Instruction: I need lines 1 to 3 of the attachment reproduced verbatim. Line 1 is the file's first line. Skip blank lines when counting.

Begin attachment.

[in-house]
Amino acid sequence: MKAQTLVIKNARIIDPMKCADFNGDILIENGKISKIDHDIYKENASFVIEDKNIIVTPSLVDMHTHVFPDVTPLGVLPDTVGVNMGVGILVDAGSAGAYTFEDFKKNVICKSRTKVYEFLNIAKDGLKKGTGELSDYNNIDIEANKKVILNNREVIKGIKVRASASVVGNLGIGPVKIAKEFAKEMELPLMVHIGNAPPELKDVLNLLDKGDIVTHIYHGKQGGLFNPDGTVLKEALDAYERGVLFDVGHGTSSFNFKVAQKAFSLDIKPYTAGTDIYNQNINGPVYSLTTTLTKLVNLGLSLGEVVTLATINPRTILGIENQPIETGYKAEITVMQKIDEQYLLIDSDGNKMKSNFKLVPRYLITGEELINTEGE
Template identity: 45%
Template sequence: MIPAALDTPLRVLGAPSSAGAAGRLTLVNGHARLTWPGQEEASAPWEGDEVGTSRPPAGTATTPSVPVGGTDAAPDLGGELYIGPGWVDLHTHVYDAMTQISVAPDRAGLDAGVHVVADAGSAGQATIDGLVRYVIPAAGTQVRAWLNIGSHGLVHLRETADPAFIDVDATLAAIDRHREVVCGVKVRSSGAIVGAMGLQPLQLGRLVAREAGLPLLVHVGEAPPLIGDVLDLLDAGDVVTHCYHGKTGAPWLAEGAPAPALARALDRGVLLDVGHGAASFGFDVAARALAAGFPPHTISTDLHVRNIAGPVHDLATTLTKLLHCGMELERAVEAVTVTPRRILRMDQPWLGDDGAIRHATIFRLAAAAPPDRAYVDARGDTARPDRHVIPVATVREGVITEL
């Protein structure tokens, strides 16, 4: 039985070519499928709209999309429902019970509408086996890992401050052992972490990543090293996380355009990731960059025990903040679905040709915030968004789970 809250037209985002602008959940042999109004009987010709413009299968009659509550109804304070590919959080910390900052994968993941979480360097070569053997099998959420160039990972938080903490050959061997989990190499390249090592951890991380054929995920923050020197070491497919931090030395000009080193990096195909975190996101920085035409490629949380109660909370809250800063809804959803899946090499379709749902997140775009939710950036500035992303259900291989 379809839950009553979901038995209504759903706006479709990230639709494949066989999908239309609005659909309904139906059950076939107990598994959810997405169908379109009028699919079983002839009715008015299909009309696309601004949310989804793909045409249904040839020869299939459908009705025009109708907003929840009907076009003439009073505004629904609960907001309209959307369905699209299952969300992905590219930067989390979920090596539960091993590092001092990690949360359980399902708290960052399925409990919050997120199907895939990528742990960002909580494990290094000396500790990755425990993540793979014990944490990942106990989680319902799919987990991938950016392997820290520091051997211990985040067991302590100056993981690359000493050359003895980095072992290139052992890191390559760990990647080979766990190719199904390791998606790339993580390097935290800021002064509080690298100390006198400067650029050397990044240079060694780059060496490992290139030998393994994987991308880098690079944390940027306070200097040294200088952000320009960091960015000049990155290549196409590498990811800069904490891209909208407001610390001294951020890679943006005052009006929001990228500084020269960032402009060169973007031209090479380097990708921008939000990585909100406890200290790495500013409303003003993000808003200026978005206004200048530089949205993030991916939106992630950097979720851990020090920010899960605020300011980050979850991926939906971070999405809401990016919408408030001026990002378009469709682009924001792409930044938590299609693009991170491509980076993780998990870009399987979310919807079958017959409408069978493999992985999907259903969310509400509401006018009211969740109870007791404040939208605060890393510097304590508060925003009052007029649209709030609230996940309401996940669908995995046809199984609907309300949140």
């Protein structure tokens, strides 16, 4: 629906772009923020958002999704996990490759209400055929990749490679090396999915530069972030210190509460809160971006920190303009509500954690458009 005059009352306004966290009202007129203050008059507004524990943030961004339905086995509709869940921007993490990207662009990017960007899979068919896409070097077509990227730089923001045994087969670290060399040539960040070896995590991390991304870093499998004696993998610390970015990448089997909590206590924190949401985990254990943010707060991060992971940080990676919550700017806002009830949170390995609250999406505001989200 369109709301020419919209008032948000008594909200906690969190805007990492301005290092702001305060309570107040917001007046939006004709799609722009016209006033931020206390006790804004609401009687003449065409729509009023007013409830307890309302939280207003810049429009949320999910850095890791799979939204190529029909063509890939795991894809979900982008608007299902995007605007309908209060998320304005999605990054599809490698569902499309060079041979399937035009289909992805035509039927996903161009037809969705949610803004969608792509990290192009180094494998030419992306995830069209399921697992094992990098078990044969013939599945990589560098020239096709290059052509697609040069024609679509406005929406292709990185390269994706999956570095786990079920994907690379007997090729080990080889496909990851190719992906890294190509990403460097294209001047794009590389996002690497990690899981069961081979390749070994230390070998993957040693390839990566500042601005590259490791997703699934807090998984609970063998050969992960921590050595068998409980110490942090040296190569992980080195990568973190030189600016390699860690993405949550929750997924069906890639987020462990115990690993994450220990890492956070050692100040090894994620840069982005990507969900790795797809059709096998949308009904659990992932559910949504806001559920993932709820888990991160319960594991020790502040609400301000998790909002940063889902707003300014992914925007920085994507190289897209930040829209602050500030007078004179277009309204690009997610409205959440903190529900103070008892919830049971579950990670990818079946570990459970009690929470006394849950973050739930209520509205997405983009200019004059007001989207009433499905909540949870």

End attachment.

[in-house]
Amino acid sequence: MKAQTLVIKNARIIDPMKCADFNGDILIENGKISKIDHDIYKENASFVIEDKNIIVTPSLVDMHTHVFPDVTPLGVLPDTVGVNMGVGILVDAGSAGAYTFEDFKKNVICKSRTKVYEFLNIAKDGLKKGTGELSDYNNIDIEANKKVILNNREVIKGIKVRASASVVGNLGIGPVKIAKEFAKEMELPLMVHIGNAPPELKDVLNLLDKGDIVTHIYHGKQGGLFNPDGTVLKEALDAYERGVLFDVGHGTSSFNFKVAQKAFSLDIKPYTAGTDIYNQNINGPVYSLTTTLTKLVNLGLSLGEVVTLATINPRTILGIENQPIETGYKAEITVMQKIDEQYLLIDSDGNKMKSNFKLVPRYLITGEELINTEGE
Template identity: 45%